Kevin P. Hourican — President and Chief Executive Officer

Yeah, it’s a really good question and I appreciate it. And the why we are bullish about our ability to say that is, because we can see the data at a finite level across the globe, by sector, by geography, rural versus urban, etc. And here’s what I can say with confidence. As the restrictions are removed on the restaurant operator, there’s almost an immediate improvement in the results in that sector. And so we can see very clearly in those places where the easing of restrictions is greater, the data performing substantially better and when they move from a phase 1 to a 2 or a 3 etc., there’s an almost immediate pop.

The reason that we’ve stagnated or did stagnate in July is, as you know, we paused in most locales, the extension of the easing of restrictions. So that’s why the recovery stagnated. But what we’re seeing is in August, even with that stagnated level of restrictions, the business is now starting to get better again, because consumers want to go out. And so that’s my best way of answering the question.

Rural versus urban where the restrictions are different, we can very clearly see the difference in the results. And we do know that at some point in time in the future, those restrictions are going to begin to ease. People wear masks and wash their hands and do all the things we’re supposed do. You can safely go out to eat. You take out, do delivery and restaurant operators are also getting better at it. Last thing I’d say, our restaurant operators are getting better, doing takeout and delivery. And customers are getting used to using an app to order food, be picked up at a restaurant and then bring it to their home. So it’s for those reasons that we have confidence.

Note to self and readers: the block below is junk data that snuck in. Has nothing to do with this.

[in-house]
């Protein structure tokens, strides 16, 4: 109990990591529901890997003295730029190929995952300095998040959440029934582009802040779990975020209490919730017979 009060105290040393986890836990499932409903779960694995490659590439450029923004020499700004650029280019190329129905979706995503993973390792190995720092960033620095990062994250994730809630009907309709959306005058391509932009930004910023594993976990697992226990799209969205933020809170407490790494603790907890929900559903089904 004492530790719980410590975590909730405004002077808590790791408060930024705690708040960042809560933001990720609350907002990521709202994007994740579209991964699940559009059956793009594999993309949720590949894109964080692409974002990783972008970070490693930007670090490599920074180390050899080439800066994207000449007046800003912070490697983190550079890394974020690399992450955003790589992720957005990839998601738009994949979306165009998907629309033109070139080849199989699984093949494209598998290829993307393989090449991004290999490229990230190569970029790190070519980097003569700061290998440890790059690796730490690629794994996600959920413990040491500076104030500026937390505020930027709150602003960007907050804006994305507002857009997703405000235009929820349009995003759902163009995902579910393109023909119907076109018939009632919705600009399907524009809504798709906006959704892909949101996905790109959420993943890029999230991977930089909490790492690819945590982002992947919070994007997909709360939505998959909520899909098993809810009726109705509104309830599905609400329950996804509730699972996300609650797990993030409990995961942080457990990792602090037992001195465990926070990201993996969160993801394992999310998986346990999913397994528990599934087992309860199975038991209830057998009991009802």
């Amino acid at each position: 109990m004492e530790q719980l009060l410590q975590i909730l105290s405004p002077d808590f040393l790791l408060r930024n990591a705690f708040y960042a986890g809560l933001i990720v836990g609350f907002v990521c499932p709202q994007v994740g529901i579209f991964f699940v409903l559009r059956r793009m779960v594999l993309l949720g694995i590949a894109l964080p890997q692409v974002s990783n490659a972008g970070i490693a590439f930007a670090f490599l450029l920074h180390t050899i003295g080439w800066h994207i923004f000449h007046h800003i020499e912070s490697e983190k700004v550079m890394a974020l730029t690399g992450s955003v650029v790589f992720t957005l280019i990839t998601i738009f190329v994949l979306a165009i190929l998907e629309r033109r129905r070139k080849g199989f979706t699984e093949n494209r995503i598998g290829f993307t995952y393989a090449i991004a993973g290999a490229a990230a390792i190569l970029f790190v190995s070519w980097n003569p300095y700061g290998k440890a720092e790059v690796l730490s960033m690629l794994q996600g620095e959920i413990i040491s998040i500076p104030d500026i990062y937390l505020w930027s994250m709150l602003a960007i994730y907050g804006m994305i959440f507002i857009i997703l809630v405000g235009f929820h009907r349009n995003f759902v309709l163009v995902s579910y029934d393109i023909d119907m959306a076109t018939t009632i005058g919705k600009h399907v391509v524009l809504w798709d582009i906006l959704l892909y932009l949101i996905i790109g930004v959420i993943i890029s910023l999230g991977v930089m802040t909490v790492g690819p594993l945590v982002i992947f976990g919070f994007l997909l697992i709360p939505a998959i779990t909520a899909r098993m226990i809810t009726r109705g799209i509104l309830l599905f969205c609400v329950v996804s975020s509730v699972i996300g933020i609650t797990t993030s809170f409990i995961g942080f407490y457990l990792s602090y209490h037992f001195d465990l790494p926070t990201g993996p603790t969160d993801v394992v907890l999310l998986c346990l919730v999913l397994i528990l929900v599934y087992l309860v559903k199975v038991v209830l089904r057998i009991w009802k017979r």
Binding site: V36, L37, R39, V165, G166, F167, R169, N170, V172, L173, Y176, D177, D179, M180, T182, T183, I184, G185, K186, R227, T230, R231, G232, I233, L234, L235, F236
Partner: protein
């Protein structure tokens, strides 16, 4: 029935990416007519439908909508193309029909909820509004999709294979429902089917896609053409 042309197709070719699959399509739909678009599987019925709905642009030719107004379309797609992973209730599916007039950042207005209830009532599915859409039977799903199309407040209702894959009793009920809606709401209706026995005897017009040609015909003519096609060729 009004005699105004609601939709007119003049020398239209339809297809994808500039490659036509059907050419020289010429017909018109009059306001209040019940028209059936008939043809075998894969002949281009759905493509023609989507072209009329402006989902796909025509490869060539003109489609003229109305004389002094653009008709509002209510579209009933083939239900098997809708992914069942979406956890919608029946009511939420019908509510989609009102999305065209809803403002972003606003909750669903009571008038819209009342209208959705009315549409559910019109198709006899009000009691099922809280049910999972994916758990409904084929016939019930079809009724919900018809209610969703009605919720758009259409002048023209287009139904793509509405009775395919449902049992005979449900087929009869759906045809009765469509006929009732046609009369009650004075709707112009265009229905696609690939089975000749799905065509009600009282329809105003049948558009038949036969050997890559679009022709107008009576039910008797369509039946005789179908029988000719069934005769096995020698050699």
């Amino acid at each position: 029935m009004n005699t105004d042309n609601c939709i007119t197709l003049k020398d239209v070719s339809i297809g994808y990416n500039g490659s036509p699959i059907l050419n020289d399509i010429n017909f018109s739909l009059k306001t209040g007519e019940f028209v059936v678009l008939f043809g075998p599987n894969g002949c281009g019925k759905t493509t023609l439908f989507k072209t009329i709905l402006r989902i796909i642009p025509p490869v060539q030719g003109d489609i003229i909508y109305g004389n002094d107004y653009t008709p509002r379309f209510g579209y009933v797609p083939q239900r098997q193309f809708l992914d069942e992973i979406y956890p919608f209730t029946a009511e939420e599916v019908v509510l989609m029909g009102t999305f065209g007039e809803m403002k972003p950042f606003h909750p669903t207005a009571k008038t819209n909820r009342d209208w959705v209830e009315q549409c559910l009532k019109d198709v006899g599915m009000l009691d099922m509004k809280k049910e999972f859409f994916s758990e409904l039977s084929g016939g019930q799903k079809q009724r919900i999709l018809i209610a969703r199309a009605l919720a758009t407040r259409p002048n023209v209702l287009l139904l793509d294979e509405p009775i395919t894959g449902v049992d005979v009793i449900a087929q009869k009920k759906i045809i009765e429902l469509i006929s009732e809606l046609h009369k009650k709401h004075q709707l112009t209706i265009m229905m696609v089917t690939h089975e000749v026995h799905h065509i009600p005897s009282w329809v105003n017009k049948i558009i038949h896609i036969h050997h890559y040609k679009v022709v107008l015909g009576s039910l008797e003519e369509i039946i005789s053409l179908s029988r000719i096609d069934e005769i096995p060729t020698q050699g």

Jeffrey Bernstein — Barclays — Analyst

Great. Thank you very much.

Kevin P. Hourican — President and Chief Executive Officer

Thank you.

Operator

Thank you. Our next question comes from Kelly Bania with BMO Capital. Your line is now open.

Kelly Bania — BMO Capital Markets — Analyst

Hi. Good morning. Thanks for taking our questions. Kevin and Joel, I was wondering if you could just talk a little bit more about the changes to the compensation structure that you mentioned and how that’s being received across your sales force. And anything we should consider in relation to this change as we think about just trying to model margins going forward? Or how much of that compensation structure is part of the $350 million in longer-term structural cost savings?

Kevin P. Hourican — President and Chief Executive Officer